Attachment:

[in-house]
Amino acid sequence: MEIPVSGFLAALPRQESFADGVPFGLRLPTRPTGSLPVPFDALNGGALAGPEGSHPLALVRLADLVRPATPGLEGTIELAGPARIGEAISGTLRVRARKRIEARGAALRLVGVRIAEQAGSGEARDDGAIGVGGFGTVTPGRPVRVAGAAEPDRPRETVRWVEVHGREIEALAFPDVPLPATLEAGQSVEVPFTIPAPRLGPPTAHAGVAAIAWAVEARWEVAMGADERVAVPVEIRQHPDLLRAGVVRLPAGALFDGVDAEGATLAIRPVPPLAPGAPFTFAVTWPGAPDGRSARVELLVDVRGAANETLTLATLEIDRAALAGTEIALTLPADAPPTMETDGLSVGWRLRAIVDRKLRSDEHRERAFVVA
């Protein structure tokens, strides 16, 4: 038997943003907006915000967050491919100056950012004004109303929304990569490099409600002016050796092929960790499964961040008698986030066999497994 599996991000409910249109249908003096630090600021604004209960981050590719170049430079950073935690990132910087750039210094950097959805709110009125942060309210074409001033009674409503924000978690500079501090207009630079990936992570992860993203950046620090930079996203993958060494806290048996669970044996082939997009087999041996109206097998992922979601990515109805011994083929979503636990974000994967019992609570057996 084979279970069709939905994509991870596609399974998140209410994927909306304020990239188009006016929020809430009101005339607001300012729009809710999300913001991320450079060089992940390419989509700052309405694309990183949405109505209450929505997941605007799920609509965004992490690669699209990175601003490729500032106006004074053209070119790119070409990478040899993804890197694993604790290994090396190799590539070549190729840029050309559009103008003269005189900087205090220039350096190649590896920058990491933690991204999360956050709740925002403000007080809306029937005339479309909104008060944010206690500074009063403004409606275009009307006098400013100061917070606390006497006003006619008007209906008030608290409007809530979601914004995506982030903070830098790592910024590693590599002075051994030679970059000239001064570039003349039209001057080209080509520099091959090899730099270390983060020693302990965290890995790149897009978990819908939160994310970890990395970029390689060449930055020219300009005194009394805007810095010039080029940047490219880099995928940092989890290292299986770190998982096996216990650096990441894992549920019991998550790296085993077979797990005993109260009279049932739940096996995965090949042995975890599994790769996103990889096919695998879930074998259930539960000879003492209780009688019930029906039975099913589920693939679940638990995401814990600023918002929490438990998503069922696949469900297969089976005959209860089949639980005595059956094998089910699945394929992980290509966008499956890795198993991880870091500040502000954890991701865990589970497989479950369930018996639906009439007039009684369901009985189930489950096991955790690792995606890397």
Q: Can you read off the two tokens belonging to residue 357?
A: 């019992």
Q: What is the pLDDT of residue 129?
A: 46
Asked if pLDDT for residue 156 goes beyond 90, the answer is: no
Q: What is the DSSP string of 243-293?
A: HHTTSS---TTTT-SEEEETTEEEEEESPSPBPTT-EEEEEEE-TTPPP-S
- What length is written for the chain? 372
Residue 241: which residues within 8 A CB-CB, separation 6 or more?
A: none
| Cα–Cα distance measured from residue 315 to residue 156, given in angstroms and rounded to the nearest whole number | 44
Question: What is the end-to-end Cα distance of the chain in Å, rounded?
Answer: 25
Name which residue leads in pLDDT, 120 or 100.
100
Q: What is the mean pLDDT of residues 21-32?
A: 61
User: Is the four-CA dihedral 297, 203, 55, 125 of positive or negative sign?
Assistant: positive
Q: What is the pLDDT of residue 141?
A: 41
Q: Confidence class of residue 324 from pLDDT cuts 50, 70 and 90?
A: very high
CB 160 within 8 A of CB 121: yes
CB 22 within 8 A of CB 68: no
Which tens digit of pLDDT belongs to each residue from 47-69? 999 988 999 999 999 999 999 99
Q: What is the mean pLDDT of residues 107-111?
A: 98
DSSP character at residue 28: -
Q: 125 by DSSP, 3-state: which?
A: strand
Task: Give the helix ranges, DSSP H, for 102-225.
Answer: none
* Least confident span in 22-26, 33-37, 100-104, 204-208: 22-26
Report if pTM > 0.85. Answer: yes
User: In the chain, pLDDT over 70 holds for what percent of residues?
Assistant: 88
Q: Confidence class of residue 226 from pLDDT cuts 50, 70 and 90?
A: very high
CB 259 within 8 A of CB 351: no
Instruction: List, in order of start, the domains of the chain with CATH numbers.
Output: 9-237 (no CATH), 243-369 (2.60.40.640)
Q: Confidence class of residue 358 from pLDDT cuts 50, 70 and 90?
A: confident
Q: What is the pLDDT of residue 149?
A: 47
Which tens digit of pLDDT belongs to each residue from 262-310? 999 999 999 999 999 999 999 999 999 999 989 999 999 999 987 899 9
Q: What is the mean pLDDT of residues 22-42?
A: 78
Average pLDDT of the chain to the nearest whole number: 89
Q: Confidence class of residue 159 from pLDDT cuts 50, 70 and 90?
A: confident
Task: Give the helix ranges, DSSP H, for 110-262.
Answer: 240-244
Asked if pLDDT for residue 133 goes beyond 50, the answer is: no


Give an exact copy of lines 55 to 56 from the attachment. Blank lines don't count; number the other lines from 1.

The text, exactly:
A: confident
Task: Give the helix ranges, DSSP H, for 110-262.